7. Here is the second car I restored and sold I think around 1987. The new owner left it outside with the drivers window down until about 3 years ago when he gave it to his son. The engine was stuck, flat tires, interior is covered in cat hair and ruined from the cat claws. The garage was used to store his junk and scrap metal so the car was left outside all those years. There is also a 1937 Dodge that he bought as a driver and did the same thing to. But it was just pushed out back and now has trees growing around it rotting into the ground. You can tell it has been sitting there all winter by the layers of snow on it.
  8. Never had to plug my loader in so far this year.
  9. There you have it I googled it cut and past. 3macboys was right Chatham, since 1902 and courtesy of Mayor George W. Sulman, has been known as the Maple City. There are, of course, some negative brands applied. Toronto is often called Hog Town.Mar 15, 2018 cxgvd is in Chatham and is hosting a 5 day tour in the area with the AACA Snappers called Fields Factories and Firetrucksur with Gary and Bev in the Maple City area. RM / Sothebys head office and restoration shop is in Chatham.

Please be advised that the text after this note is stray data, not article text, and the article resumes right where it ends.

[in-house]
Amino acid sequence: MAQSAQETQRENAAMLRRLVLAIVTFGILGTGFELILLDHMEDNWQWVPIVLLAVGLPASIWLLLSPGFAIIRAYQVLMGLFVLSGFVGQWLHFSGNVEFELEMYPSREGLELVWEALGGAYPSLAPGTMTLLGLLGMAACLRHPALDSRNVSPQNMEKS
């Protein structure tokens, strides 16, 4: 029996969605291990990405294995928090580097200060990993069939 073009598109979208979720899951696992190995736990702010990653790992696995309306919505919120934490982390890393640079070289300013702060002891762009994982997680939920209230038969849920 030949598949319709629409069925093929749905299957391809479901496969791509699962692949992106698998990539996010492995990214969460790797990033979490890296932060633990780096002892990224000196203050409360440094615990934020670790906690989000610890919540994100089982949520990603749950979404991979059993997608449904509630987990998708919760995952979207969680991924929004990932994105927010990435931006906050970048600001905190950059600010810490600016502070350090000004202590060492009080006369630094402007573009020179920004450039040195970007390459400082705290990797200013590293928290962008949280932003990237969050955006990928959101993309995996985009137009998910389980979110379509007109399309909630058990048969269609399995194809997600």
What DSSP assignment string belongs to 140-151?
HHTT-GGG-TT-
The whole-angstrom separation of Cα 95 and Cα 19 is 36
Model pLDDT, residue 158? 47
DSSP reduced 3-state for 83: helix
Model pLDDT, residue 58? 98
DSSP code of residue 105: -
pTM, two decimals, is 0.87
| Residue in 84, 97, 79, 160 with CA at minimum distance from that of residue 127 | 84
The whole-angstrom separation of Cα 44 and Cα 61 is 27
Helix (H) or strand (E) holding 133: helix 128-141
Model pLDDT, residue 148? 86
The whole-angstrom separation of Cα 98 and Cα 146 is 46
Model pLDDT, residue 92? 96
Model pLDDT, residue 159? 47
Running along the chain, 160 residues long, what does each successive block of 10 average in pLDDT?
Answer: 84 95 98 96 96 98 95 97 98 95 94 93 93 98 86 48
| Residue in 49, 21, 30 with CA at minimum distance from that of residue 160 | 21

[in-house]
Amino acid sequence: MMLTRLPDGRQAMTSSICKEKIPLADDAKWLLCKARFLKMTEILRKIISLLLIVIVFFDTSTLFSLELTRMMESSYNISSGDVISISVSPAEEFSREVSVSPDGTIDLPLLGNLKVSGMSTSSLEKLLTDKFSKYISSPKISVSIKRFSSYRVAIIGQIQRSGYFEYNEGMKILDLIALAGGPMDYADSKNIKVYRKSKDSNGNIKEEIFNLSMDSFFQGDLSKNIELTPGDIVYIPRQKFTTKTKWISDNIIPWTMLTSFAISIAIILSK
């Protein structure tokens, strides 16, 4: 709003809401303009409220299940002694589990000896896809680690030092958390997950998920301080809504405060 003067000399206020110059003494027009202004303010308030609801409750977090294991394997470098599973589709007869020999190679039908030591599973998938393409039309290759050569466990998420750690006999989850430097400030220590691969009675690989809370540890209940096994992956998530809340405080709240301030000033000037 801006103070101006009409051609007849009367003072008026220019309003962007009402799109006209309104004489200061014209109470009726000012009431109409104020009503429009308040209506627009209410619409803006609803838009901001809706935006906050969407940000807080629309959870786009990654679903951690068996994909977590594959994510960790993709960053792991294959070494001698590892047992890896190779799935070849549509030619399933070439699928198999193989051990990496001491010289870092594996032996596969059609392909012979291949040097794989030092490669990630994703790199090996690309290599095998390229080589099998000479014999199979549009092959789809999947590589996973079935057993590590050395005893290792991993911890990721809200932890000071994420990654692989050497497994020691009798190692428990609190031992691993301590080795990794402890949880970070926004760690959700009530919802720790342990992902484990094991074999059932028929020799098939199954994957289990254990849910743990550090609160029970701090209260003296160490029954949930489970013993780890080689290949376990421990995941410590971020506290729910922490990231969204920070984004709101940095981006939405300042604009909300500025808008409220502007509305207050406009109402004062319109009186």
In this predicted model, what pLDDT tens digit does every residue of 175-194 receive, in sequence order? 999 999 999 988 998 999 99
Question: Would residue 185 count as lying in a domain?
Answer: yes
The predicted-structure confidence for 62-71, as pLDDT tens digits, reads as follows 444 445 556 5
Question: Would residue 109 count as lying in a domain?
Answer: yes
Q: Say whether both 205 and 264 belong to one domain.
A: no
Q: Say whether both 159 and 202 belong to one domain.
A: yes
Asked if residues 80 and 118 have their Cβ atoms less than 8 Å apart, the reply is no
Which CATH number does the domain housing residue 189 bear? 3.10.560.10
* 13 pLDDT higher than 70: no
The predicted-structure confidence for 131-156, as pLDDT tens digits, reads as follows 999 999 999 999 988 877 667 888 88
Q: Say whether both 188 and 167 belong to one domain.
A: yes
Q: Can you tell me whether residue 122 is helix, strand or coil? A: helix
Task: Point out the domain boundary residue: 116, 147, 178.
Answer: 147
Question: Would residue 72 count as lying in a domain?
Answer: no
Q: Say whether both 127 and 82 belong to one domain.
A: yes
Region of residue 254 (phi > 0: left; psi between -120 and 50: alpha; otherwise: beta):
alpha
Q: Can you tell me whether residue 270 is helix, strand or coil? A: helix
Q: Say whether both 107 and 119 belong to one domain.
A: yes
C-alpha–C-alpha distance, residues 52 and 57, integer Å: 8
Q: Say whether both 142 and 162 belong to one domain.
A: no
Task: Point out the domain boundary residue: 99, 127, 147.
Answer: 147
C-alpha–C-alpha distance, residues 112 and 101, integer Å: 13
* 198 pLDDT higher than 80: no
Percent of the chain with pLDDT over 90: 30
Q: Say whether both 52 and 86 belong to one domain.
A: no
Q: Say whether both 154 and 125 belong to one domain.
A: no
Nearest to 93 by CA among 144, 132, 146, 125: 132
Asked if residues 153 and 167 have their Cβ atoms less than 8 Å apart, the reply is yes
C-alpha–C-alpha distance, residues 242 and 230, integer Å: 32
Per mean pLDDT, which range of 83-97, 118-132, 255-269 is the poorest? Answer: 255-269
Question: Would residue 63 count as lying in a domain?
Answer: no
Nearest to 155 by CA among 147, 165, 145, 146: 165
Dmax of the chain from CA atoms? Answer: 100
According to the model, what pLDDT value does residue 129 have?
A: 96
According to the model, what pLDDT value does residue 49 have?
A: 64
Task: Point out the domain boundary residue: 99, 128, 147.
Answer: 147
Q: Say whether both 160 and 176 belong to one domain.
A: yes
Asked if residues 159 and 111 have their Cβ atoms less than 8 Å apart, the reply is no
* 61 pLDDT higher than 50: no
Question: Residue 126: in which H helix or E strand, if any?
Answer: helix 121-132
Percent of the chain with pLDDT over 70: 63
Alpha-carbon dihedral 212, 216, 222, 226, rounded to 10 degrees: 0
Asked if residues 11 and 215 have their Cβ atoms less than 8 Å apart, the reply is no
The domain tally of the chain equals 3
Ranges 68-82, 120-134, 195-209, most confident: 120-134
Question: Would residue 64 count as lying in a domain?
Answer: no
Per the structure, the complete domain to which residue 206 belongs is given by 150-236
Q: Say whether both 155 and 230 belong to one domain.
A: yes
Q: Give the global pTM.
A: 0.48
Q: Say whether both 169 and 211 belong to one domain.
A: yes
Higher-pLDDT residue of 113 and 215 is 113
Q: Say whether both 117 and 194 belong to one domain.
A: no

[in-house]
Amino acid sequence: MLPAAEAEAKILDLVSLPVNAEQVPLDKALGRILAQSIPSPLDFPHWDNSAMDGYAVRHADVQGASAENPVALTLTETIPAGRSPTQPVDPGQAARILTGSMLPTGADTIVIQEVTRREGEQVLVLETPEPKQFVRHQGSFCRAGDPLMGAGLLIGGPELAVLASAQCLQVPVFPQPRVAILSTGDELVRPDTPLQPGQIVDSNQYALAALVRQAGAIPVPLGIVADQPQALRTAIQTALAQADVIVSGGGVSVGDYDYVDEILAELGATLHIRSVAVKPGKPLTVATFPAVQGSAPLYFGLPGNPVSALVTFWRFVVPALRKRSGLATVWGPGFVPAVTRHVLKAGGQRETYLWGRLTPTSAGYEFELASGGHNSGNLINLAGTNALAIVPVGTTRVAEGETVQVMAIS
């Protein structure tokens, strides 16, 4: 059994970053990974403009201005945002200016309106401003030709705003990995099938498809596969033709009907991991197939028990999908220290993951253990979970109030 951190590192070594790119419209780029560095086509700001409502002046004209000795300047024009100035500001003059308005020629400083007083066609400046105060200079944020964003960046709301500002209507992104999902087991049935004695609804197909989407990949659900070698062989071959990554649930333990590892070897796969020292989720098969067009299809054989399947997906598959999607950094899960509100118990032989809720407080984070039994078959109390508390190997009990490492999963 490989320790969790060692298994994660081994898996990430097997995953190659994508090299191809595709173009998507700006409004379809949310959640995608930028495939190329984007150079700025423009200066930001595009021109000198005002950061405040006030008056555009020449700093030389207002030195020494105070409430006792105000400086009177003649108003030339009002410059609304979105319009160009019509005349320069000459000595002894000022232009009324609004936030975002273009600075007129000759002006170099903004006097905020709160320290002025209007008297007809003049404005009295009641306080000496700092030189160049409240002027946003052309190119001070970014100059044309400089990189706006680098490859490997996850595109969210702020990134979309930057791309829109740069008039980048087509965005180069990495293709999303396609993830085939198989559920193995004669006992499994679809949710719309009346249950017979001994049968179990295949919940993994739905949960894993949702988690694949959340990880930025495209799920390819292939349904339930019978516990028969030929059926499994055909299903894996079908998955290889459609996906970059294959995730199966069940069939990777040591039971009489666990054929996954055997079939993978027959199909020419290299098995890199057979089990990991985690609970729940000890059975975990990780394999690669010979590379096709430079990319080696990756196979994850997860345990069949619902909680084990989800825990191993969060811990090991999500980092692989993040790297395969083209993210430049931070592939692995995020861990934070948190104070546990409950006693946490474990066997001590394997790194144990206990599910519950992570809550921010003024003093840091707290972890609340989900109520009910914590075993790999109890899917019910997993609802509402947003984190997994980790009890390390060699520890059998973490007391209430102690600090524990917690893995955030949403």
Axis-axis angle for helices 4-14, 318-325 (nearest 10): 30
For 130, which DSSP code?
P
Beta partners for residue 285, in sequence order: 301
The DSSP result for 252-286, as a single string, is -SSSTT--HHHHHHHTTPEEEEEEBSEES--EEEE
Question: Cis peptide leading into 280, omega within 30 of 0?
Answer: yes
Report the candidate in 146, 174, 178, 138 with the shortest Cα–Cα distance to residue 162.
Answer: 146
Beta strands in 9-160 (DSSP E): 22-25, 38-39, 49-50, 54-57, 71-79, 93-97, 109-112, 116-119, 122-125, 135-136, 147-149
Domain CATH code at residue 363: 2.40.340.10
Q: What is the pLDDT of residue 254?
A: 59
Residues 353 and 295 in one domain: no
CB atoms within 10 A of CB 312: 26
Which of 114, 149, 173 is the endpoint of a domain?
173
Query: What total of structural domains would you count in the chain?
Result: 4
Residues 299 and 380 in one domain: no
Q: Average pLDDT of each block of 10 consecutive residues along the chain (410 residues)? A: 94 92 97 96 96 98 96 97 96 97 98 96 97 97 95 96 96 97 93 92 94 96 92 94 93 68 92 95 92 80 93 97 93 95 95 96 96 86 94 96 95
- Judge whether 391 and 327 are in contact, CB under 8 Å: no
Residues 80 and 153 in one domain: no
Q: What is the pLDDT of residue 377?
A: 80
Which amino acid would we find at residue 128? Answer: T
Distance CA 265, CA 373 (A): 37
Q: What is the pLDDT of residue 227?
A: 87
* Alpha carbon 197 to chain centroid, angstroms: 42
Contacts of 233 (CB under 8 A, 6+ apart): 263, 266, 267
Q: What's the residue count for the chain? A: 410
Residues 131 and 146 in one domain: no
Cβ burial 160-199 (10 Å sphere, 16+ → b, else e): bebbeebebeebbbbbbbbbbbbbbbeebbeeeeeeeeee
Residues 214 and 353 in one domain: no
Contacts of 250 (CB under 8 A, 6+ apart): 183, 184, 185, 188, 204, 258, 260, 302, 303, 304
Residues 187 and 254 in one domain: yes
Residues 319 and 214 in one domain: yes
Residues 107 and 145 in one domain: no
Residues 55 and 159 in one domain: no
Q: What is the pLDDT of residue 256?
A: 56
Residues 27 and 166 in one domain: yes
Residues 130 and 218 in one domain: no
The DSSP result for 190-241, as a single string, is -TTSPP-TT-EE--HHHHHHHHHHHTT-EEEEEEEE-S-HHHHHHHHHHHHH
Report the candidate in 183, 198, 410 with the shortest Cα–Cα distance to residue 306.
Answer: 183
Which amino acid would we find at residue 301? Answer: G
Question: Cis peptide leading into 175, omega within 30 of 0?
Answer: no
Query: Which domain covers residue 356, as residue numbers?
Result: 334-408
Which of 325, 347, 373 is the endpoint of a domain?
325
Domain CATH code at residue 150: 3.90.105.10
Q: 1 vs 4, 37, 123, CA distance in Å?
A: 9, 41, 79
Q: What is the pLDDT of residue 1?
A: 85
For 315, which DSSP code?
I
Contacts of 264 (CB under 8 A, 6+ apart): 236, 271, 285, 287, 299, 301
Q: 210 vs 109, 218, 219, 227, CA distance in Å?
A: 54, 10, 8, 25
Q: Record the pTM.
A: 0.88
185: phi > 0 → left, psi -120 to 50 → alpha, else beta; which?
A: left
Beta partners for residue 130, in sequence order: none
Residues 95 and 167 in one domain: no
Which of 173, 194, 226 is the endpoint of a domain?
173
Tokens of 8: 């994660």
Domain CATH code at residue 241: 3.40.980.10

10. I did bring back a nice 15 T that is my avatar from Detroit 3 years ago. It was a good price or I would not have bought it. The savings in the price help make up the 25% $ exchange. But I agree once they leave rarely they come back.
  12. I was thinking that as the maple leaf is an iconic symbol up here right across the river from Detroit. Its a long shot but who knows. There is a Maple north west of Toronto. Now Terry if you came on the AACA National Vintage Tour in Kingston On. I would have given you a pin that we gave out on that tour.
  13. I have a very good friend that worked on a vintage tour last year with me. He is also one of the editors of the Pierce Arrow Society publication. Sorry I posted what happened on that weekend event and hope it does not reflect to the club. There is a different personality conflict in many different types of clubs if it is car club or a bridge group.
  14. I went to my first event with CCCA 5 years ago and it was my last. Meet many very nice friendly members on the weekend and had a great time. But I was turned off by a fellow that thought very highly of himself parked next to me. Never went back and now attend AACA national events and it has been great. I am not saying for others to not join CCCA but just not for me. I also belong to ACCCC, Vintage Group, VMCCA, HCCA and OMLC.